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Memory — our way of encoding, storing, and retrieving information — is a complicated thing. Short term vs. long term, explicit vs. implicit, recall vs. recognition… there’s a lot involved. Rather than trying to catalogue all those nuts and bolts, let’s take a look at some of the scientific community’s more, ahem, memorable memory findings.

Confidence and Accuracy

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As reported by the New Yorker, an Emory University study asked psychology students to recount their memories of January 28, 1986, the day the Challenger exploded — once the day after the disaster occurred, and once again over 2 years later.

Comparing questionnaire answers in the fall of 1988, researchers found that many students’ later recollections were far from accurate. “When the psychologists rated the accuracy of the students’ recollections for things like where they were and what they were doing, the average student scored less than three on a scale of seven. A quarter scored zero.”

That, by itself, isn’t all that surprising — 2½ years is plenty of time for a memory to fade and change. What is surprising is how confident the students were that they were remembering the day correctly. “[W]hen the students were asked about their confidence levels, with five being the highest, they averaged 4.17. Their memories were vivid, clear—and wrong. There was no relationship at all between confidence and accuracy.”

Next time you say “I can remember it like it was yesterday,” you might very well be wrong.

Remembering What You “Learn” During Sleep

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According to the the Guardian, researchers in the 1950s claimed that sleep learning was “probably impossible.” Turns out that qualifier was a wise inclusion.

A 2012 study cited in the same Guardian article found participants “were more likely to correctly play a melody in a musical video game (similar to Guitar Hero) if the tune had been previously played to them during the slow-wave stage of a 90-minute nap.” This points to the possibility of subconscious sleep learning.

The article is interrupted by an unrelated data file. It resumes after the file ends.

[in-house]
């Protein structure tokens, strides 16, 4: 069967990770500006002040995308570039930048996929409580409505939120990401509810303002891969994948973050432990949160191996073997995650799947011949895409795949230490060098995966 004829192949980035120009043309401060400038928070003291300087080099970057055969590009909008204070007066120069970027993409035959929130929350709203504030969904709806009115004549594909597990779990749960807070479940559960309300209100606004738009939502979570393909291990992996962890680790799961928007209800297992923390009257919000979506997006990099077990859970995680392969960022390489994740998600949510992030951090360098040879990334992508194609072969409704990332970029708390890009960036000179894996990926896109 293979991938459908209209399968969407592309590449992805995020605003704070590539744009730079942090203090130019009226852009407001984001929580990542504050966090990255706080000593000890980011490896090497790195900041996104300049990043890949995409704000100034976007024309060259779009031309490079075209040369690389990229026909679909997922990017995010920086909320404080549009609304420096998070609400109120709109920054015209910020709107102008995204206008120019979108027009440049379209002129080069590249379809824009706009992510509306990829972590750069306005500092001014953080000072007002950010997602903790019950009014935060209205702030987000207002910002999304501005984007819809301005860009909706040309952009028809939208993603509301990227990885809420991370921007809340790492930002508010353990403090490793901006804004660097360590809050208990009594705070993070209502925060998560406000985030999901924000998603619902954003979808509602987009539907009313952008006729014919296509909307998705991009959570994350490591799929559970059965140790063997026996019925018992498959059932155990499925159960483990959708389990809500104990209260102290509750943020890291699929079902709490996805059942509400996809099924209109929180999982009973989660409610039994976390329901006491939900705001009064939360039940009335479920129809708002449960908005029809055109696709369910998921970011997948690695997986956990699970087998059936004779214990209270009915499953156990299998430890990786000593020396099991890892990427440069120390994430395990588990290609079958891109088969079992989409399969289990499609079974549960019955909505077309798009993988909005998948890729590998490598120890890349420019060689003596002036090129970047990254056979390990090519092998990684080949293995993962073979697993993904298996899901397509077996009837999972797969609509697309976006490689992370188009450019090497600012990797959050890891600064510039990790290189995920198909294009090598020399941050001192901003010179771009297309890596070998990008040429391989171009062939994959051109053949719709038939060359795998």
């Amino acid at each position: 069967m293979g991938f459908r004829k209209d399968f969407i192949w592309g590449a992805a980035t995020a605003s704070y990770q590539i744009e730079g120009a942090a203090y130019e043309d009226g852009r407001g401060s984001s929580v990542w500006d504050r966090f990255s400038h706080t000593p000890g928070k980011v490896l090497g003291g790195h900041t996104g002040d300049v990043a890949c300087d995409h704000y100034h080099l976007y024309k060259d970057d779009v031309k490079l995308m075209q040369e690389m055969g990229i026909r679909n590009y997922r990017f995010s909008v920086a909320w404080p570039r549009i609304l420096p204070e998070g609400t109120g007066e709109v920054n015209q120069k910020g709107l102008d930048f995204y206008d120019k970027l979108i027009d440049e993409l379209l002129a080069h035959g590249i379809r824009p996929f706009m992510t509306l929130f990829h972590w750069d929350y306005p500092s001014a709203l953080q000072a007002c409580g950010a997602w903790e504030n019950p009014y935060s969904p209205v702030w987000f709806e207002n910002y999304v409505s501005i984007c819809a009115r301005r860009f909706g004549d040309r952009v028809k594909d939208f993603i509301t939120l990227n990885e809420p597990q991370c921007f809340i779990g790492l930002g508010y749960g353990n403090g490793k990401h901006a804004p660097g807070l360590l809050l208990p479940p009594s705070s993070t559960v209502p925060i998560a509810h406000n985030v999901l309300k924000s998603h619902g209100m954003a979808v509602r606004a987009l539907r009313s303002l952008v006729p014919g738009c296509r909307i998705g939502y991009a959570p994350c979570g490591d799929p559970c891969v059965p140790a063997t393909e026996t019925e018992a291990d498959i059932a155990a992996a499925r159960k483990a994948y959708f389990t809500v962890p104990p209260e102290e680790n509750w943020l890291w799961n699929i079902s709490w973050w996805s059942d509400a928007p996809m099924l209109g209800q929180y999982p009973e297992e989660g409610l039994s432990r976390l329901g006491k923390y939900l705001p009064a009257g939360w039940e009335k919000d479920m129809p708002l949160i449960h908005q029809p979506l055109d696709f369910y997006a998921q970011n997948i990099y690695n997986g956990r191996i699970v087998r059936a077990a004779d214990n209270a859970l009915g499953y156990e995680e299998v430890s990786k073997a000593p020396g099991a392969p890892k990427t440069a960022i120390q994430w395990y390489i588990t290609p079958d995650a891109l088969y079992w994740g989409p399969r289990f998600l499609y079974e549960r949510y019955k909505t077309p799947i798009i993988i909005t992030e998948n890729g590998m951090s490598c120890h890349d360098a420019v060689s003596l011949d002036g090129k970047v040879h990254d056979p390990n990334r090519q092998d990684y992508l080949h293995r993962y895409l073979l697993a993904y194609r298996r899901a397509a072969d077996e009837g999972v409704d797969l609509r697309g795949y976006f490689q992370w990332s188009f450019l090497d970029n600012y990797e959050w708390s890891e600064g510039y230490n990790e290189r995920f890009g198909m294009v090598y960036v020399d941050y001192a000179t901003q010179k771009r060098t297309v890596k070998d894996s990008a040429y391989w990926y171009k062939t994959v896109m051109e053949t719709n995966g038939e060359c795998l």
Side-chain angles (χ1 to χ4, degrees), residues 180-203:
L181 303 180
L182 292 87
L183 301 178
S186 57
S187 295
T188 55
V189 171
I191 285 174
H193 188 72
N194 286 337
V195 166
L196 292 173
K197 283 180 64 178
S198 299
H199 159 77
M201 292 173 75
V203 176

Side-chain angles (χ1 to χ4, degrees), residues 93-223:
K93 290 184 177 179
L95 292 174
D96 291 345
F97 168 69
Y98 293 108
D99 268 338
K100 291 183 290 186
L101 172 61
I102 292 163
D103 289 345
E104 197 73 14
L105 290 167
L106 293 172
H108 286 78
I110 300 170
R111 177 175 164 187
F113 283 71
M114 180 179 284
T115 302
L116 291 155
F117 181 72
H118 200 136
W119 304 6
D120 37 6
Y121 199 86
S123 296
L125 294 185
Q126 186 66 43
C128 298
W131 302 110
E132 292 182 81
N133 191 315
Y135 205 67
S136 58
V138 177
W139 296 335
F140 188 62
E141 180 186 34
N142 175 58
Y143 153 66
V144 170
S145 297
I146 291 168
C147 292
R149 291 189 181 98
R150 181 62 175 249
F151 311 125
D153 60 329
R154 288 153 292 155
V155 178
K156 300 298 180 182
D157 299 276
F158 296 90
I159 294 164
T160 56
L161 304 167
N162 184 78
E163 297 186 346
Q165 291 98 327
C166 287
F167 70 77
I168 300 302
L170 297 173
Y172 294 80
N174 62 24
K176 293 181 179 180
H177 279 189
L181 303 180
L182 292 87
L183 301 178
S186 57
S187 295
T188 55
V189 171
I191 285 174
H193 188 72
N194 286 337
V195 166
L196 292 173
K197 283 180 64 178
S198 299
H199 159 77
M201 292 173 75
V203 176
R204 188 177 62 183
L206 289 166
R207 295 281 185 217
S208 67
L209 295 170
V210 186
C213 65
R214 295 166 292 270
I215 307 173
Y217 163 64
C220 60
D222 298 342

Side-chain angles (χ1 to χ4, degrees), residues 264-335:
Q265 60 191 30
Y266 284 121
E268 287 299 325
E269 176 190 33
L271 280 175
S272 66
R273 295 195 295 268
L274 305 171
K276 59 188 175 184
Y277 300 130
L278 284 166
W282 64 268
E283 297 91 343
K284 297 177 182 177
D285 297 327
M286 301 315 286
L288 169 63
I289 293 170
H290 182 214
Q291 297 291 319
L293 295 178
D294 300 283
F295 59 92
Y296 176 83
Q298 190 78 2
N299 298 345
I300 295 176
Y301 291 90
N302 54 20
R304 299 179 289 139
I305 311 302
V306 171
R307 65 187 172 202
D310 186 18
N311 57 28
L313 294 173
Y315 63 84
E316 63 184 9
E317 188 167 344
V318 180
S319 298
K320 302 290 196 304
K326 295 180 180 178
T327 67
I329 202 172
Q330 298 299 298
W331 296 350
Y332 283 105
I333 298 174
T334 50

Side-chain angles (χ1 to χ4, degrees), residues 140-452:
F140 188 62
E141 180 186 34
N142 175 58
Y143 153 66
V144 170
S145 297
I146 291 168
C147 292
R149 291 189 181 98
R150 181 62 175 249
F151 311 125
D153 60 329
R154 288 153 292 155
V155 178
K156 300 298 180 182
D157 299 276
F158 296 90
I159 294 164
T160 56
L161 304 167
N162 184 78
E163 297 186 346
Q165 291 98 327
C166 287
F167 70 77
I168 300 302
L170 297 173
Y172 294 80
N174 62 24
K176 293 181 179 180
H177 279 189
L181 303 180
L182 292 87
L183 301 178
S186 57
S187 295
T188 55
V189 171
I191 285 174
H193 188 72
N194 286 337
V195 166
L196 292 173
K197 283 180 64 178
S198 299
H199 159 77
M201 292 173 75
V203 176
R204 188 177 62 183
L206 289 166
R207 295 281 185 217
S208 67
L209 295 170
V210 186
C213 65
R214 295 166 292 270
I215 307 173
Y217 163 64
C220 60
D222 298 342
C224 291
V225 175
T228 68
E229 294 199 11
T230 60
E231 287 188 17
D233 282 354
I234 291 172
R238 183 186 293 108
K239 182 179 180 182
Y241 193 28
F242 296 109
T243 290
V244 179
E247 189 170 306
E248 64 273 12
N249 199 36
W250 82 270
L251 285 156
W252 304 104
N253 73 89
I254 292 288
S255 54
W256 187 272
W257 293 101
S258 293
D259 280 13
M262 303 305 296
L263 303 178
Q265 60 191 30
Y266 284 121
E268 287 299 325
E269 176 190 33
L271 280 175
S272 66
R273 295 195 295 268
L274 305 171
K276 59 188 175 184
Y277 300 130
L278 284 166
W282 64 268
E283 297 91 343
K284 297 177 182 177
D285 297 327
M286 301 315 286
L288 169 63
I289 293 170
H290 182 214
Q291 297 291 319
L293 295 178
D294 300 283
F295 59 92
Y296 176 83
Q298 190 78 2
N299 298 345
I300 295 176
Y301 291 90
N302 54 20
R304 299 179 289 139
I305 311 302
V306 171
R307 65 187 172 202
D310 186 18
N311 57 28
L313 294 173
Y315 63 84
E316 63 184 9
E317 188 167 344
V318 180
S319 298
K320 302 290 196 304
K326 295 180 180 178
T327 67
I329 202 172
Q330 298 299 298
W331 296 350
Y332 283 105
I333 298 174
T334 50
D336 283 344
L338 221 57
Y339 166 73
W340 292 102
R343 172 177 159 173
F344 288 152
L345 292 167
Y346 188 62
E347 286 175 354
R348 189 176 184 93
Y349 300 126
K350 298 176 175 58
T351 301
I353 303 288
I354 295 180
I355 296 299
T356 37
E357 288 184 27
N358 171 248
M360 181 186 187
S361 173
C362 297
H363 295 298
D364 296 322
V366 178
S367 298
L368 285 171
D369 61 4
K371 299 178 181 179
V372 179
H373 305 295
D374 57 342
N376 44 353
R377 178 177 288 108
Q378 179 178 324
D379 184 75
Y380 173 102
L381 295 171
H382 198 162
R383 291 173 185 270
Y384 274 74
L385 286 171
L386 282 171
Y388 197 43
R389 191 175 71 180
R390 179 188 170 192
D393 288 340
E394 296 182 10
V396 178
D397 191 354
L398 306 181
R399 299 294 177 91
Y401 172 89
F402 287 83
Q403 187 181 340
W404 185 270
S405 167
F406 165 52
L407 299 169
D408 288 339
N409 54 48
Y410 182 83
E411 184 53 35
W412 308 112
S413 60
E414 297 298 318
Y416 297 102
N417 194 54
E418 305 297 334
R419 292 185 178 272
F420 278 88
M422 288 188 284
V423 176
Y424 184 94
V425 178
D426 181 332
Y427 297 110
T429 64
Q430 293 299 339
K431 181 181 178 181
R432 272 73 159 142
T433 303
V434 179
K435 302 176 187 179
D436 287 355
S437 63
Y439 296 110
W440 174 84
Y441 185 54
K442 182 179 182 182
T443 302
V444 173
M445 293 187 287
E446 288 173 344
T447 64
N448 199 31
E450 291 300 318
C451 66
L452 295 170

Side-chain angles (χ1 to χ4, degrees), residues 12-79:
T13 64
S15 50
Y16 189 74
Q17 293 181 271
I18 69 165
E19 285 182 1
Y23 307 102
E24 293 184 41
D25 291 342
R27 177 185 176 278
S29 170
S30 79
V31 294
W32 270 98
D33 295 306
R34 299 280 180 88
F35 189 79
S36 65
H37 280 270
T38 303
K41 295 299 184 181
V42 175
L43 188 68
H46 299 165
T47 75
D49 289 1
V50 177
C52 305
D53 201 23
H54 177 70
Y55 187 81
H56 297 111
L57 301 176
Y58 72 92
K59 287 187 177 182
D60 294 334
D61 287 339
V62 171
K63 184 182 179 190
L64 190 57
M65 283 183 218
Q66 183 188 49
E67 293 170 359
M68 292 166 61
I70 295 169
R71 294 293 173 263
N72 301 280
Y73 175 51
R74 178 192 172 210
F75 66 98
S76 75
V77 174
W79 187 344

Another study tasked participants with learning a “visuo-spatial two-dimensional object-location task” — that is, they were asked to memorize specific card pairings in a 5 by 5 grid. As they studied the cards, an odor was released into the room (an “unfamiliar slightly negative smell”). Afterwards, the group went to sleep for 40 minutes, during which time the researchers re-released the odor in 30-second intervals.

Participants were also tested in a control condition. In this repeated version of the experiment, no odor was released.

In both versions of the experiment, after everyone was awake again, the group was asked to learn an “interference object-location task.” That means they had to memorize new card pairings. 30 minutes after that, they were tested to see if they could remember the original pairings.

The findings? During the initial (odor) test, participants remembered 84.18 (± 4.68)% of the original card pairings. During the control (no odor) test, they only remembered 60.80 (±4.24)% of the pairings. This suggests that your memory can be helped (in a Pavlovian way) by certain stimuli during sleep.

False Memories

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As the Challenger experiment made clear, we’re capable of remembering important events incorrectly. Would you believe we also sometimes remember events that never even occurred — including crimes we didn’t commit?

Findings from a 2014 study suggest that it’s possible to generate false memories of committing a crime. All it takes is a few rounds of suggestive interviewing: “After three interviews, 70% of participants were classified as having false memories of committing a crime (theft, assault, or assault with a weapon) that led to police contact in early adolescence and volunteered a detailed false account.”

These confessions apparently contained “complex descriptive and multisensory” details — just like real memories.

Okay, so maybe memory isn’t just complicated — it’s downright mysterious. The results of these studies suggest that our brains work in very unexpected ways (unexpected even for the “experts”). It’s possible you’ll hear about some wild new finding before you even have a chance to start misremembering the ones in this post.

Max Branson

Author Max Branson

Max is a Senior Content Editor at Killer. He comes from Michigan, a very pleasant peninsula. He spends his free time reading and writing.

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